December 28, 2009
Google Faces Chinese Lawsuit Over Digital Book Project
Internet hulk Google is being sued by the provocative Chinese author Mian Mian for an alleged violation of copyright laws, her lawyer announced on Monday.
In the first civil lawsuit to be leveled against Google in China, the case is bound to draw even more negative press to the Web giant's already controversial plans for a massive Web-based digital library.
Mian's attorney, Sun Jinwei, told AFP reporters that the case will open on Tuesday in Beijing. "Tomorrow afternoon at the Haidian court, representatives from both sides will hand over evidence. After that I will be preparing our case and I figure that the actual trial will take place next year," said Sun.
Ms. Mian "” who has won the accolades of international critics in recent years for her sordid tales of the Chinese underground "” is suing Google for a $8,900 dollars in damages, alleging that the company scanned her most recent novel "Acid Lovers" into its online catalogue without her consent.
Dubbed China's "literary wild child," Mian's novels tell lurid stories of Chinese pimps, prostitutes and drug-dealers "” subjects still largely considered taboo in Chinese mainstream culture. While her books have been translated and sold in a multitude of other languages, they are ironically still banned in China.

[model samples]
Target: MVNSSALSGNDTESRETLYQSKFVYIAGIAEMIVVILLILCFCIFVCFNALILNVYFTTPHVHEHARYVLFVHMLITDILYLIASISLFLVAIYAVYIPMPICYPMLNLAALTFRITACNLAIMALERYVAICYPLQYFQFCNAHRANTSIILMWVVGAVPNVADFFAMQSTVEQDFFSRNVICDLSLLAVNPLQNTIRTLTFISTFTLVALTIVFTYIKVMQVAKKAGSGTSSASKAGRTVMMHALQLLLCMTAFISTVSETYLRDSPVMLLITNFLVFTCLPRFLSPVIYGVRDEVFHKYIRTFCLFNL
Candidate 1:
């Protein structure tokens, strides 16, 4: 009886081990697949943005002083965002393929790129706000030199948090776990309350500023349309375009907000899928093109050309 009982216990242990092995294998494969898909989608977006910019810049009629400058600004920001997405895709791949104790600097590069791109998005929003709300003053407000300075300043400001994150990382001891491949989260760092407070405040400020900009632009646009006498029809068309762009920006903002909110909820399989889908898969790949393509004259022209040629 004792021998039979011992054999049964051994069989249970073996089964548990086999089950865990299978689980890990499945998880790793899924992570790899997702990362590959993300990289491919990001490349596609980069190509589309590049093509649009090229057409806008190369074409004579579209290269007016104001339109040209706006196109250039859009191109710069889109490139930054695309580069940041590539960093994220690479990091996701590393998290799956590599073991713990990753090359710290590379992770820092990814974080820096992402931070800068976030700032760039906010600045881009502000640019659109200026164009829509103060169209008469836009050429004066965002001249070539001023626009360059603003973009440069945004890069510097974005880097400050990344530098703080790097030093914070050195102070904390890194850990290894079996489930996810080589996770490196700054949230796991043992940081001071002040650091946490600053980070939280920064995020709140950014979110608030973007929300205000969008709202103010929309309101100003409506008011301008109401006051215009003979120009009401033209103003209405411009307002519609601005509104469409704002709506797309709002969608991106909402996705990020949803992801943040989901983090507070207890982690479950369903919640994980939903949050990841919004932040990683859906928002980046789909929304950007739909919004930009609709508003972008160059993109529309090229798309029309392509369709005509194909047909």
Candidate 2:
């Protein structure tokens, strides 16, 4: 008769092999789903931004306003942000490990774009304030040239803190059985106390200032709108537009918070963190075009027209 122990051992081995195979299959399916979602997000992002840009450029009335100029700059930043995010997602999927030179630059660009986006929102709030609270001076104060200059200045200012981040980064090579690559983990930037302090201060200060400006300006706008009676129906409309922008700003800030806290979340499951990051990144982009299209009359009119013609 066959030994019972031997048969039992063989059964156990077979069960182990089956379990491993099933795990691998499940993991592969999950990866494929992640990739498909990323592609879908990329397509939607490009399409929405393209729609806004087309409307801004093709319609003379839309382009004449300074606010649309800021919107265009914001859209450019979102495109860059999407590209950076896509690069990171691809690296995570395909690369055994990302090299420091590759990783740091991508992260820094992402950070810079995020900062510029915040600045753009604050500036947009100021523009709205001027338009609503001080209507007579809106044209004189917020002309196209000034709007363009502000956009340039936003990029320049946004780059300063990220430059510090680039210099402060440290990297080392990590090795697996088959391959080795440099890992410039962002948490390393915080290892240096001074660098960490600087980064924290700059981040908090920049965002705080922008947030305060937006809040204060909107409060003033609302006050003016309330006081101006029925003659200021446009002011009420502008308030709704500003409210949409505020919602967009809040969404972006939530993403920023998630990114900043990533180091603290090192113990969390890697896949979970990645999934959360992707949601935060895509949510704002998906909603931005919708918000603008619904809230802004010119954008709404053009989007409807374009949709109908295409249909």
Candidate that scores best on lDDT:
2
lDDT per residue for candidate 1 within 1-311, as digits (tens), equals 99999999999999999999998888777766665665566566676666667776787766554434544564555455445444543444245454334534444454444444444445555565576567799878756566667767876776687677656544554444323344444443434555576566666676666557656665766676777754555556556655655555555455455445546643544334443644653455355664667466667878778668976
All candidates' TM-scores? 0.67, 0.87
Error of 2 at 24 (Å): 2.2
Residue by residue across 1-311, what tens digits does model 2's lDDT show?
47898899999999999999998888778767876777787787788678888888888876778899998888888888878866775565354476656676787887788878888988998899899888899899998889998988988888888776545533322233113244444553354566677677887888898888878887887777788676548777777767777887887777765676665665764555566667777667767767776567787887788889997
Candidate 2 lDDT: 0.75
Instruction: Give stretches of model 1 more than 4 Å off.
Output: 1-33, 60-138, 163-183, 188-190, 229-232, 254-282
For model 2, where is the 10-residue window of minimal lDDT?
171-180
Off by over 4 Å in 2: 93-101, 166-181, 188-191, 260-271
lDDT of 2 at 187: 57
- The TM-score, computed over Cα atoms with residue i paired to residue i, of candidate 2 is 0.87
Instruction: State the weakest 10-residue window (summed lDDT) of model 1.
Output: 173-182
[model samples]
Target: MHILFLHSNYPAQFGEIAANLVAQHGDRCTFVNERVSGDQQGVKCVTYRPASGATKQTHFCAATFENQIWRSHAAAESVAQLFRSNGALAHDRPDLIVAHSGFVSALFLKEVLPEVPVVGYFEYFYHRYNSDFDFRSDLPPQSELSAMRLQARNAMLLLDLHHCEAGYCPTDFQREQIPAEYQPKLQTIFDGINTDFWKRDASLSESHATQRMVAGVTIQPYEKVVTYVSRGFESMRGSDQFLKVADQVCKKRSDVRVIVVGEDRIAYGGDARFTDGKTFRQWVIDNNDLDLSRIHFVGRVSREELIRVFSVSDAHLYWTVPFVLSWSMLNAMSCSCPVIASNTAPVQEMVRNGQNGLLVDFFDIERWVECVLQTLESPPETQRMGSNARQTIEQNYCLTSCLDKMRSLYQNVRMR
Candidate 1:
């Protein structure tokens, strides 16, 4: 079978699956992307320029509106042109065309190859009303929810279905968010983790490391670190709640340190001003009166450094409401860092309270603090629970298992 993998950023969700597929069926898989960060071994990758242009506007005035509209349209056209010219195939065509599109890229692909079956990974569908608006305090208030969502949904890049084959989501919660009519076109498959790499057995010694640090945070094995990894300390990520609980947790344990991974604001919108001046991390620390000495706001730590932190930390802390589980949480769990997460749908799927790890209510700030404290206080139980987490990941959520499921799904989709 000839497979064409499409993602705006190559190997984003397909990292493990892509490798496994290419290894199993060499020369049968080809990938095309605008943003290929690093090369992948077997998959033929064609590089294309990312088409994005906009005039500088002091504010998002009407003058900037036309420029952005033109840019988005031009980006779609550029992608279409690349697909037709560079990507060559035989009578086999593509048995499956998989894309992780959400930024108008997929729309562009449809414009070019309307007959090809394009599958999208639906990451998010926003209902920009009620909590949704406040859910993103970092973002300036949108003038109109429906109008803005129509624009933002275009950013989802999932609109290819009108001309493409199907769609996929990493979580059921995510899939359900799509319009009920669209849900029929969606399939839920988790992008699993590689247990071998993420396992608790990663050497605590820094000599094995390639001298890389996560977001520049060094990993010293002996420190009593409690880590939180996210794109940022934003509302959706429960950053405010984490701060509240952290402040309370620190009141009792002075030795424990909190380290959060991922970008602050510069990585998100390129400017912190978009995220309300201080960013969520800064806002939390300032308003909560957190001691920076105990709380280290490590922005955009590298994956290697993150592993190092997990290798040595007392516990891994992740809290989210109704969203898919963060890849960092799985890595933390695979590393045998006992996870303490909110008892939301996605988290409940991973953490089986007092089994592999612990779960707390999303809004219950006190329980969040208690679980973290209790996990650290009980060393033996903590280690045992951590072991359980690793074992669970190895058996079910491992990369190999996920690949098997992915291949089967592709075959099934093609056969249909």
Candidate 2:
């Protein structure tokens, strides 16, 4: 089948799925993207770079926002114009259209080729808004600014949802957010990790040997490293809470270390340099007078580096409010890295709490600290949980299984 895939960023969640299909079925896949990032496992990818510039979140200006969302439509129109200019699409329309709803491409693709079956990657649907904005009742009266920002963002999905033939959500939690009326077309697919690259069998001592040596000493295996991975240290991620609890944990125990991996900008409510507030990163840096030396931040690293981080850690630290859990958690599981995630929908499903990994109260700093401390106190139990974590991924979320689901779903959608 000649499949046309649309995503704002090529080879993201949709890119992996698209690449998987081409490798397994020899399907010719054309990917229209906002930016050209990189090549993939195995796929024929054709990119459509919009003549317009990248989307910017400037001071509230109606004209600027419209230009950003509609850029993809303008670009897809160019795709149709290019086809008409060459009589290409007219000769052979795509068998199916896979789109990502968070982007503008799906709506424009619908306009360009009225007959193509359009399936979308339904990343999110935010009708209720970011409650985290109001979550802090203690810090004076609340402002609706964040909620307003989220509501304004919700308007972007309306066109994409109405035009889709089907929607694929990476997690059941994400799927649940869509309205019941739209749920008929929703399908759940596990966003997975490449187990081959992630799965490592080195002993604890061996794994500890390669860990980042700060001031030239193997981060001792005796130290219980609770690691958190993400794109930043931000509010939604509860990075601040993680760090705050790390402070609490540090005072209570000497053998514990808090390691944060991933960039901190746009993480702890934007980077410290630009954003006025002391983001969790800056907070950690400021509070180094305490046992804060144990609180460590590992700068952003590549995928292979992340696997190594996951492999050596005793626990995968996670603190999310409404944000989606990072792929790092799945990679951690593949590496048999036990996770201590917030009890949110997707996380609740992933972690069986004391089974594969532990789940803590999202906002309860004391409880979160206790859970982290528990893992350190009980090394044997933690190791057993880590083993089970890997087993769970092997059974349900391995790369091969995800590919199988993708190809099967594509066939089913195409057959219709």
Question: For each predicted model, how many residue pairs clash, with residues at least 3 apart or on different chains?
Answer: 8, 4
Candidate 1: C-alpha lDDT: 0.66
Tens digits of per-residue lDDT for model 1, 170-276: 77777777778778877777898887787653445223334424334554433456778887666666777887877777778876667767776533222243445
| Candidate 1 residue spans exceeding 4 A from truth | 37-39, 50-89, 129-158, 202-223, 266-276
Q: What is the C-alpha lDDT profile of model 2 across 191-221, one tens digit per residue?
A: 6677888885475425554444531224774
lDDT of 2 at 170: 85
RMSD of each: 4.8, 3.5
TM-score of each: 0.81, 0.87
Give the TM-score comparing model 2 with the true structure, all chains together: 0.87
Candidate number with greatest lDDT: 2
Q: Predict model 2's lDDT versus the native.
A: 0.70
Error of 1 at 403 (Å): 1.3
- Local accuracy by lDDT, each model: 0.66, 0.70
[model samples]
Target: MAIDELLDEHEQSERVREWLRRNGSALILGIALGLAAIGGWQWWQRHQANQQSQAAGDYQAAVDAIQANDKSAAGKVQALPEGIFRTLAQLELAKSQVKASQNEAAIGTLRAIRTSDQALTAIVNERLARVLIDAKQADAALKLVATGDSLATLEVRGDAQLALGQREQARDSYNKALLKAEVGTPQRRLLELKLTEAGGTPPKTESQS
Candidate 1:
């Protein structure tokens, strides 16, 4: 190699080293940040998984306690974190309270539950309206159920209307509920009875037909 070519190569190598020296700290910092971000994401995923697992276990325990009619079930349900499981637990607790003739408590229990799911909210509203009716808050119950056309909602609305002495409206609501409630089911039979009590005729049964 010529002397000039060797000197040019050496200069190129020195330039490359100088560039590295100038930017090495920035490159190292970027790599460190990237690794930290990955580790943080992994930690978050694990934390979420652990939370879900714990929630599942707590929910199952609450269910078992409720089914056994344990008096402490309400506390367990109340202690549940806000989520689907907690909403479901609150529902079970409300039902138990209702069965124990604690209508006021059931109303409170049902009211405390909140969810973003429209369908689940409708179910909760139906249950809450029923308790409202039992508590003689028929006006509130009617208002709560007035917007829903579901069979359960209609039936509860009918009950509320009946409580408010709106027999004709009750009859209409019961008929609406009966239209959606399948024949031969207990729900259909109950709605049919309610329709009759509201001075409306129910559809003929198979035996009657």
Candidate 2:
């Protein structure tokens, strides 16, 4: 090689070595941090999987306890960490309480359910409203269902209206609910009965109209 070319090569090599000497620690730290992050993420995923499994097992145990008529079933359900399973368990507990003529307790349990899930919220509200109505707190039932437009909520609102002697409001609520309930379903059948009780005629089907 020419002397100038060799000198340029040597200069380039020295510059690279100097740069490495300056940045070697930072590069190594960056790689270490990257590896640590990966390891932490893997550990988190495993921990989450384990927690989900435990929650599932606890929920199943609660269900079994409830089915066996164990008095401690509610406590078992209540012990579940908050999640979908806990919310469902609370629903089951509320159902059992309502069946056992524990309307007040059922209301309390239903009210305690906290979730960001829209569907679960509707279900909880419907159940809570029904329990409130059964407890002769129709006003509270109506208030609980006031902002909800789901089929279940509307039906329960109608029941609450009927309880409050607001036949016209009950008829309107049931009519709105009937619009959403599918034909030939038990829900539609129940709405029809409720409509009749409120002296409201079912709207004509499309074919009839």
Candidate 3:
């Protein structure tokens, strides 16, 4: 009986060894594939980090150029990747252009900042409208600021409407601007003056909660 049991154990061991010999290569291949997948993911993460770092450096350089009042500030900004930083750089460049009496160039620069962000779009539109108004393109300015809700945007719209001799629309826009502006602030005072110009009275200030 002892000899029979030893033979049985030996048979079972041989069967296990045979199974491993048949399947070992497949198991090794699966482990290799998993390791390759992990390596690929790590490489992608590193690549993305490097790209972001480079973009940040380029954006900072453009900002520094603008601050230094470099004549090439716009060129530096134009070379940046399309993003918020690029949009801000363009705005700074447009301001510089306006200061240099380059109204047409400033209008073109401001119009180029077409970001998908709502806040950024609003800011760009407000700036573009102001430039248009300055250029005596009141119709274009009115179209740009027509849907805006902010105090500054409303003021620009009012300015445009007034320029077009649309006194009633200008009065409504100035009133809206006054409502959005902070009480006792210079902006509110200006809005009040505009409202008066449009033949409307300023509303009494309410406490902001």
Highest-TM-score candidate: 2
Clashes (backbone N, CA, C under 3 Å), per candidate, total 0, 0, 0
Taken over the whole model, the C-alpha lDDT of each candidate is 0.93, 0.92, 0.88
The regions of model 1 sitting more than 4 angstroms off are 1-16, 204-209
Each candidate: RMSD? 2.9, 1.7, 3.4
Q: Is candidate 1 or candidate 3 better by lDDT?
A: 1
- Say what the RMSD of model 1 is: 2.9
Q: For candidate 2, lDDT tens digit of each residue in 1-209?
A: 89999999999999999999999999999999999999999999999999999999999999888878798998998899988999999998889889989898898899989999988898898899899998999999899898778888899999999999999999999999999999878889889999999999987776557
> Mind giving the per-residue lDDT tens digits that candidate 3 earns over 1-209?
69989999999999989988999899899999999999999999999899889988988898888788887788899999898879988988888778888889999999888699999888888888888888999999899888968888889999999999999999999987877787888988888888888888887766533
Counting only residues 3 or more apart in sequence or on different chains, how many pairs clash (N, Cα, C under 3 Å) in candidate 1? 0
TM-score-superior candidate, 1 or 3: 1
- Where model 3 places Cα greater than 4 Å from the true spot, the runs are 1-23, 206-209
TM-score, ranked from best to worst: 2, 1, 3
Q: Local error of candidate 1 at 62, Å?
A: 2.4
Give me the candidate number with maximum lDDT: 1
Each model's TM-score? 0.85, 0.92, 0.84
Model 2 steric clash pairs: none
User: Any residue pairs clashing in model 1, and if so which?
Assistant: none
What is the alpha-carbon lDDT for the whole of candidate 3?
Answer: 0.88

Representatives of the China Written Works Copyright Society claim that thousands of Chinese works have been illegally scanned and posted to Google Books.
The organization has entered into formal talks with Google and says that the deliberations are "progressing well," according to the Chinese government's official newspaper Global Times.
"First we want Google to admit their mistake and apologize, then we can talk about compensation," the organization's deputy director-general Zhang Hongbo was quoted as saying. "At the same time," he added, "we don't want Google to give up China in its digitized library project."
The Chinese branch of the Internet giant has not yet commented on Mian's case or negotiations with the Copyright Society.
The current imbroglio in China is merely the most current in a series of controversies over Google's envelope-pushing literary digitization project. The company continues to take flak from both authors and publishing houses around the world and has already had to deal with civil suits in the United States, France and Germany.
In 2008 settlement with US authors and publishers, Google agreed to pay some $125 million to resolve outstanding copyright infringement claims and to set up a separate division within the company that would be dedicated to channeling sales and advertising revenue to authors and publishers who agreed to let their works be digitized.
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